The continued use of poverty wages and hours by major corporations must be stopped. Not only is it a drain on Federal social programs to supplement the lack of wages and benefits these companies refuse to provide to their workforce, but also an indirect subsidy to major corporations that employ workers who use their Federal assistance at their place of work. Any company that cannot afford to pay a decent wage should receive no Federal funds to subsidize poor business practices.

An increase to the wage floor is necessary as inflation has undercut the real wages and purchasing power of all workers and those at the bottom are among the hardest hit. This must be done with careful foresight to the economic implications of such a raise of the wage floor, with new rules placed for better regional and metro tailoring of minimum requirement in their respective areas. Local cost of living in Minnesota is much higher than in Alabama as Los Angeles is more expensive than Minneapolis and our wage laws must reflect this fact.


'We know now that Government by organized money is just as dangerous as Government by organized mob.'

-Franklin D. Roosevelt 1936

Congress typically spends more time fundraising for campaigns then it does legislating. This includes time spent crafting legislation, to time in committees and on the floor itself. It has been shown in the last 40 years the more fundraising done, the higher likelihood of winning an election. 15% of total campaign financing was from small donors (<$200), while over 50% was from large donors. This means that the congressman is spending more time courting the wealthy and elite for more campaign money while the majority of Americans are paid lip service or outright ignored.

The deluge of money from wealthy individuals and powerful business interests in political races has corrupted our democracy into, at best inaction and the worst being cronyism. This has been studied and shown to have a relatively large effect in recent years with the likelihood of legislative action passing increasing as more powerful interests support it, regardless of its effect on the average citizen.

Campaign finance is not the only issue in Washington either, large lobby groups wield increasingly potent power on what legislation Congress passes. Not only do large lobby groups spend millions trying to woo our legislators, they write the majority of legislation that crosses the Congressional floors. These legislative items are not written with concern for the citizen in mind, but extracting maximum return from any and all laws that are passed.

The average citizen does not have their own personal lobbyist in Washington and does not hold the same influence for Congress to acknowledge or enact legislation on their part. The only lobby we have as citizens are our elected Representatives who are becoming heavily influenced by outside factors.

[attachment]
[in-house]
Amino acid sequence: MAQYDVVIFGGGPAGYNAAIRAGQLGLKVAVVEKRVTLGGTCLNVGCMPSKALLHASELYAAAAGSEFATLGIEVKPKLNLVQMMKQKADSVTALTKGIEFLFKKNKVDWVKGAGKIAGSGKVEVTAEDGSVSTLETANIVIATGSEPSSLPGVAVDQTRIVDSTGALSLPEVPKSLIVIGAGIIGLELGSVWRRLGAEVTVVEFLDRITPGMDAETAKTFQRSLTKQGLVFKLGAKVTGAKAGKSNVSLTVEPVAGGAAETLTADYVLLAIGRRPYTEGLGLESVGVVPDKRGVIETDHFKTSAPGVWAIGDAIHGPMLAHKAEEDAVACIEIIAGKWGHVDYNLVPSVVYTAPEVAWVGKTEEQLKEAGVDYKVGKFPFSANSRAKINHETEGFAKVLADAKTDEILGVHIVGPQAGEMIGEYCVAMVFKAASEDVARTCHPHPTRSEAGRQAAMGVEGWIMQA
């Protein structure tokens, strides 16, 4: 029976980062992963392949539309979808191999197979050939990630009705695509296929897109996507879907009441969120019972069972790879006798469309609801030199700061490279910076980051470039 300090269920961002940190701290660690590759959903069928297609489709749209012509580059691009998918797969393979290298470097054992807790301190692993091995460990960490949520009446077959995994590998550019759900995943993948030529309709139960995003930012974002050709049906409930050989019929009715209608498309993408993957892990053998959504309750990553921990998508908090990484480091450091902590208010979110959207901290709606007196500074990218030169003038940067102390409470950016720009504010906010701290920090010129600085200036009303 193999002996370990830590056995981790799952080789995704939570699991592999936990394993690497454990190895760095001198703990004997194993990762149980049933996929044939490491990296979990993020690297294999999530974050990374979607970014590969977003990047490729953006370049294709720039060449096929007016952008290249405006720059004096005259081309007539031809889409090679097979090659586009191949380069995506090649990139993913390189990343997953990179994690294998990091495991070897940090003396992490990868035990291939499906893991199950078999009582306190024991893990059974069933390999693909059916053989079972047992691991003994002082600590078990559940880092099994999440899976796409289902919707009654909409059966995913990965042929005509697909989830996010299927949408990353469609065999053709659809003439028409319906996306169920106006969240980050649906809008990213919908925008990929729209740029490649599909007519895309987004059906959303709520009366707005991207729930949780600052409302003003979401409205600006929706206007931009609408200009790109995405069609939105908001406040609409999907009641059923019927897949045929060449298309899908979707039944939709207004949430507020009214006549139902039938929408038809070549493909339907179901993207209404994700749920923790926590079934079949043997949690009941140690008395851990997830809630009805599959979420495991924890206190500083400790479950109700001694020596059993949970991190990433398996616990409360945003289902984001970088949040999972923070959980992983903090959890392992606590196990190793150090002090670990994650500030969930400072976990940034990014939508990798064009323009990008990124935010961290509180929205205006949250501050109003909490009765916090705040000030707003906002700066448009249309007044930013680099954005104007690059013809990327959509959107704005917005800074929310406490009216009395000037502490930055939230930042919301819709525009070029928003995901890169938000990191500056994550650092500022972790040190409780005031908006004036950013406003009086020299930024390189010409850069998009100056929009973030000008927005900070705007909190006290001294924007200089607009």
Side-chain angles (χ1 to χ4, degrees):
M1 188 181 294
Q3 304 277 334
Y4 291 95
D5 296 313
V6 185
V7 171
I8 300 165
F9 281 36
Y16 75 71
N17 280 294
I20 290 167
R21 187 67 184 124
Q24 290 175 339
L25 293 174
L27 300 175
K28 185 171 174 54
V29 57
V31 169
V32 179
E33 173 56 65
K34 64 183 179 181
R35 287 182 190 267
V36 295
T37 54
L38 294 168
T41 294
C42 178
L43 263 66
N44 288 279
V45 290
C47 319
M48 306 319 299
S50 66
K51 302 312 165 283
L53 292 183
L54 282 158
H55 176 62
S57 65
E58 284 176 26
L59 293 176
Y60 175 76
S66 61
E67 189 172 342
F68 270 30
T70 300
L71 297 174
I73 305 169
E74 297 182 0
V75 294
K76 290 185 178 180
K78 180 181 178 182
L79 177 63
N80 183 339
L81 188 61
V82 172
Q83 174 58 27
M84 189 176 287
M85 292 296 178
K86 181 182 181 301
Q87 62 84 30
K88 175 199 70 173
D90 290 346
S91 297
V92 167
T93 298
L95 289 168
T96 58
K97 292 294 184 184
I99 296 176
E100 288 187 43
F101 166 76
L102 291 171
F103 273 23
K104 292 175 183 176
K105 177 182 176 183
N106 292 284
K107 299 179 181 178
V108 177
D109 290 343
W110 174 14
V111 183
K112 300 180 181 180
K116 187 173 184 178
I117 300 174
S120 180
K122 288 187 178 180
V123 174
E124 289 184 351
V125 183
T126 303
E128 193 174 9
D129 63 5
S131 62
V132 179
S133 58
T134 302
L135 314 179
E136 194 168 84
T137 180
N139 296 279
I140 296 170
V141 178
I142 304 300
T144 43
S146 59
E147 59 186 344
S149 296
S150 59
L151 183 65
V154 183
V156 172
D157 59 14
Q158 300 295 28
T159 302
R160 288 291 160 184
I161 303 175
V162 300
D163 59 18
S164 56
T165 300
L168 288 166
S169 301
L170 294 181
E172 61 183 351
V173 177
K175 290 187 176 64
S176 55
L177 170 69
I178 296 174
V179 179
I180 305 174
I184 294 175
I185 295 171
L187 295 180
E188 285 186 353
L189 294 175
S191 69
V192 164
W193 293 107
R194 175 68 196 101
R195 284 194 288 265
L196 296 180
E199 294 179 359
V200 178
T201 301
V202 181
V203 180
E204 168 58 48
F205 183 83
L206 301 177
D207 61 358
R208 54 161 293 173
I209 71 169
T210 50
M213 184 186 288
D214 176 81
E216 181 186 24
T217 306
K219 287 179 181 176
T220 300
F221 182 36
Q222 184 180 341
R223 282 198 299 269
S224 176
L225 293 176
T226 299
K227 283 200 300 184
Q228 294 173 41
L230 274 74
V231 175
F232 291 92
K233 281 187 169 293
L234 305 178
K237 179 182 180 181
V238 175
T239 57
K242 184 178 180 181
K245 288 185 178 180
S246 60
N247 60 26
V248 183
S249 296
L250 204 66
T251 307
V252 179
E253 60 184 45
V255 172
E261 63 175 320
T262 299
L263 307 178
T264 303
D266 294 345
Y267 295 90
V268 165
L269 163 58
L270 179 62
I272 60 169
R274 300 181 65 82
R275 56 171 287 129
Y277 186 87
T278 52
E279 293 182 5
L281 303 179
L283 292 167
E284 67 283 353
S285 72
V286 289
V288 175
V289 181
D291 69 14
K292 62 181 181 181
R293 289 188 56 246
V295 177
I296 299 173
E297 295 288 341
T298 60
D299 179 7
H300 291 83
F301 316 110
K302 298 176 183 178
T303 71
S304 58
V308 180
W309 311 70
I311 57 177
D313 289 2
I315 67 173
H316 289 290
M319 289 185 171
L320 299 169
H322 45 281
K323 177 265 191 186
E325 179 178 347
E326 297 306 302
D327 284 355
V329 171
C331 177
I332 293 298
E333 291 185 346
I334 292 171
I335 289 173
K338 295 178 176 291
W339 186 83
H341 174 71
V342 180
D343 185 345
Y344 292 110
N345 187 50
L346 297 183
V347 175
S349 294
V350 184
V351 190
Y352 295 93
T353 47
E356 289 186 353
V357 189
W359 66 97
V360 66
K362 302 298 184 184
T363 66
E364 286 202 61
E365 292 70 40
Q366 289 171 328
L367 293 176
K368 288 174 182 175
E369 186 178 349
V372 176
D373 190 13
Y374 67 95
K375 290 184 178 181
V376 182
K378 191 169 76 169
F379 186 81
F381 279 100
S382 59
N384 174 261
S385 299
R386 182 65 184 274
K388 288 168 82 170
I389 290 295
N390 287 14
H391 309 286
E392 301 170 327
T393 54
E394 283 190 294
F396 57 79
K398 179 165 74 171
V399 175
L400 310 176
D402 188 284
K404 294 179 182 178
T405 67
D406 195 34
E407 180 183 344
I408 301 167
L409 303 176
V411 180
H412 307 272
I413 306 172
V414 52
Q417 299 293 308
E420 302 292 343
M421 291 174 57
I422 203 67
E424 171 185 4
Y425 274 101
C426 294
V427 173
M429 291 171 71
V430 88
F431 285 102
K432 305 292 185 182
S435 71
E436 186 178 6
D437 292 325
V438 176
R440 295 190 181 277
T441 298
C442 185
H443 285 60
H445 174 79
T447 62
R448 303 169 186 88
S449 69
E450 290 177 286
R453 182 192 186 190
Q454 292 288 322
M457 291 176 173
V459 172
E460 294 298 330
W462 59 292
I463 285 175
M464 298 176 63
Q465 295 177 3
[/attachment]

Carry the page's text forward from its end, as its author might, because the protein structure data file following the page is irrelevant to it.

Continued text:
'Of all the forms of inequality, injustice in health is the most shocking and the most inhuman because it often results in physical death.'

-Martin Luther King 1966

This Nation was founded on the rights of Life, Liberty, and the Pursuit of Happiness. Over 45000 deaths and 500000 bankruptcies occur annually due to lack of access to affordable healthcare. This contradicts 2 of the 3 unalienable rights we as citizens hold to be most dear. Deaths that could have been prevented today is directly opposed to the the right of Life and financial distress caused by greed impedes our right to the Pursuit of Happiness.

The current for profit industry has shown time and again in recent years how little it cares about the average citizen over how much money it can make. From rising insurance, hospital, and drug costs to the rise of unneeded or unwanted procedures and worse outcomes that lead to more hospitalizations and financial strain. The continued usurpation of the basic rights to life and happiness for the benefit of corporate boards and shareholders cannot continue unchallenged. 

​We must begin to move towards universal coverage and access that everyone can afford. The ACA was an important step in this respect, but has led to the subsidization of for profit companies to help our worst off. It also allowed insurance companies to capitalize on new revenue from previously uninsured and unchecked power to raise prices emboldened by the Federal penalty of not having insurance. 

In the years since the passing of the ACA, choices in insurance companies have begun dwindle as companies divest from lower profit regions to maintain their stranglehold in others. This eventually leads to oligopoly of markets as the companies do not enter competitor markets by tacit collusion. An illegal tactic under the Sherman Act (1890), but rarely enforced as evidenced by such examples as the rise of telecommunications oligopolies across the US.

The first steps to gaining fair and equatable healthcare for all citizens is a ban of for profit insurance, a cap on the profit margin of life saving drugs, and treatments. These are not the final steps, but the start towards the true meaning of the right to Life and Happiness for every citizen today.


'That every man may receive at least, a moderate education appears to be an object of vital importance.'
-Abraham Lincoln 1832

A free and prosperous society starts by ensuring all citizens are educated to the fullest extent of their ability. Throughout our history, access to education and its benefits has been a key driver of our success. Today we stand at a crossroad of more education being necessary, but limiting the availability and later success of those to attain that education.

Many employers today require post secondary degrees for even the most basic of positions that in the past required no more then a high school education. Not only does this limit the opportunities for those who do not possess the means to obtain such credentials, but has diluted the credentials themselves. This has led to a massive influx of people attending colleges that has continued to drive costs for post secondary education to unaffordable levels leading to massive student debt that continues to burden many for decades after graduation.